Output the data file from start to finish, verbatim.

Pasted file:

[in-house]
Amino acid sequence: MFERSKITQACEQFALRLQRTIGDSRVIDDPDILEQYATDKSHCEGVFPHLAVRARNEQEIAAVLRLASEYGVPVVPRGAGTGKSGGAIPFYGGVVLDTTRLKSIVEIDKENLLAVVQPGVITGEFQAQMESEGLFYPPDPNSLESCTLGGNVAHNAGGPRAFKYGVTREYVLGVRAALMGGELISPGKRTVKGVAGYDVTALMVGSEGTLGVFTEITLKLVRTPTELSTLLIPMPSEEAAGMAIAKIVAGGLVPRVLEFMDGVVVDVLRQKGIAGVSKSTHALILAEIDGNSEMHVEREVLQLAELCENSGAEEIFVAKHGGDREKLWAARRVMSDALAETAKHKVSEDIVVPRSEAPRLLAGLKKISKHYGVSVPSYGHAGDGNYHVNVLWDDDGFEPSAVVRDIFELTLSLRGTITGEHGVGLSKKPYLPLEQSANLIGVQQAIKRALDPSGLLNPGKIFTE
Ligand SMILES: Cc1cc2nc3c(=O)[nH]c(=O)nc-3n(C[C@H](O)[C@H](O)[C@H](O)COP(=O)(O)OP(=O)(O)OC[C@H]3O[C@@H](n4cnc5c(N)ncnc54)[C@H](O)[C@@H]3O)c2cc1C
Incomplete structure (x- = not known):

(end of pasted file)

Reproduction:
[in-house]
Amino acid sequence: MFERSKITQACEQFALRLQRTIGDSRVIDDPDILEQYATDKSHCEGVFPHLAVRARNEQEIAAVLRLASEYGVPVVPRGAGTGKSGGAIPFYGGVVLDTTRLKSIVEIDKENLLAVVQPGVITGEFQAQMESEGLFYPPDPNSLESCTLGGNVAHNAGGPRAFKYGVTREYVLGVRAALMGGELISPGKRTVKGVAGYDVTALMVGSEGTLGVFTEITLKLVRTPTELSTLLIPMPSEEAAGMAIAKIVAGGLVPRVLEFMDGVVVDVLRQKGIAGVSKSTHALILAEIDGNSEMHVEREVLQLAELCENSGAEEIFVAKHGGDREKLWAARRVMSDALAETAKHKVSEDIVVPRSEAPRLLAGLKKISKHYGVSVPSYGHAGDGNYHVNVLWDDDGFEPSAVVRDIFELTLSLRGTITGEHGVGLSKKPYLPLEQSANLIGVQQAIKRALDPSGLLNPGKIFTE
Ligand SMILES: Cc1cc2nc3c(=O)[nH]c(=O)nc-3n(C[C@H](O)[C@H](O)[C@H](O)COP(=O)(O)OP(=O)(O)OC[C@H]3O[C@@H](n4cnc5c(N)ncnc54)[C@H](O)[C@@H]3O)c2cc1C
Incomplete structure (x- = not known):